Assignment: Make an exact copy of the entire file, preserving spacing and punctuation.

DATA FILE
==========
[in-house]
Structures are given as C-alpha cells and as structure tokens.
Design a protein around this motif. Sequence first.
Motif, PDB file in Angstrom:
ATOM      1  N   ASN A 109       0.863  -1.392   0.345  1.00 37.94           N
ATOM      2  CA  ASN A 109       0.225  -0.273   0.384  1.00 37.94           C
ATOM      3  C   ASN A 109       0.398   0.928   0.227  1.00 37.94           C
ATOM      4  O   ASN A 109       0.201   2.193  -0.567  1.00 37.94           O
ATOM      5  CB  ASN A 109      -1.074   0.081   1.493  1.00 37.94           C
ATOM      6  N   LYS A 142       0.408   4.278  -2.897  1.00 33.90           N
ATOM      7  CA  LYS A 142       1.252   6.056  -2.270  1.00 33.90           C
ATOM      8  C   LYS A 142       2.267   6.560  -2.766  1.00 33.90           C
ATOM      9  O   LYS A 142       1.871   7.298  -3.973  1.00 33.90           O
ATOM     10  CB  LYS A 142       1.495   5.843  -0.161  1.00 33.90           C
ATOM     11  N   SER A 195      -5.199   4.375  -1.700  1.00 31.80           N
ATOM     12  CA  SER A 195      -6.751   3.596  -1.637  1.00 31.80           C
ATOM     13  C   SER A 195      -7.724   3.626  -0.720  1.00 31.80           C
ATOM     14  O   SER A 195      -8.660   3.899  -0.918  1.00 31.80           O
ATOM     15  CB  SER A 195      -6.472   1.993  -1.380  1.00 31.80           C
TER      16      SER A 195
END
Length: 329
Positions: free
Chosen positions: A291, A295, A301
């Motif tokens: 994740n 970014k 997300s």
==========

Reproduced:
[in-house]
Structures are given as C-alpha cells and as structure tokens.
Design a protein around this motif. Sequence first.
Motif, PDB file in Angstrom:
ATOM      1  N   ASN A 109       0.863  -1.392   0.345  1.00 37.94           N
ATOM      2  CA  ASN A 109       0.225  -0.273   0.384  1.00 37.94           C
ATOM      3  C   ASN A 109       0.398   0.928   0.227  1.00 37.94           C
ATOM      4  O   ASN A 109       0.201   2.193  -0.567  1.00 37.94           O
ATOM      5  CB  ASN A 109      -1.074   0.081   1.493  1.00 37.94           C
ATOM      6  N   LYS A 142       0.408   4.278  -2.897  1.00 33.90           N
ATOM      7  CA  LYS A 142       1.252   6.056  -2.270  1.00 33.90           C
ATOM      8  C   LYS A 142       2.267   6.560  -2.766  1.00 33.90           C
ATOM      9  O   LYS A 142       1.871   7.298  -3.973  1.00 33.90           O
ATOM     10  CB  LYS A 142       1.495   5.843  -0.161  1.00 33.90           C
ATOM     11  N   SER A 195      -5.199   4.375  -1.700  1.00 31.80           N
ATOM     12  CA  SER A 195      -6.751   3.596  -1.637  1.00 31.80           C
ATOM     13  C   SER A 195      -7.724   3.626  -0.720  1.00 31.80           C
ATOM     14  O   SER A 195      -8.660   3.899  -0.918  1.00 31.80           O
ATOM     15  CB  SER A 195      -6.472   1.993  -1.380  1.00 31.80           C
TER      16      SER A 195
END
Length: 329
Positions: free
Chosen positions: A291, A295, A301
């Motif tokens: 994740n 970014k 997300s």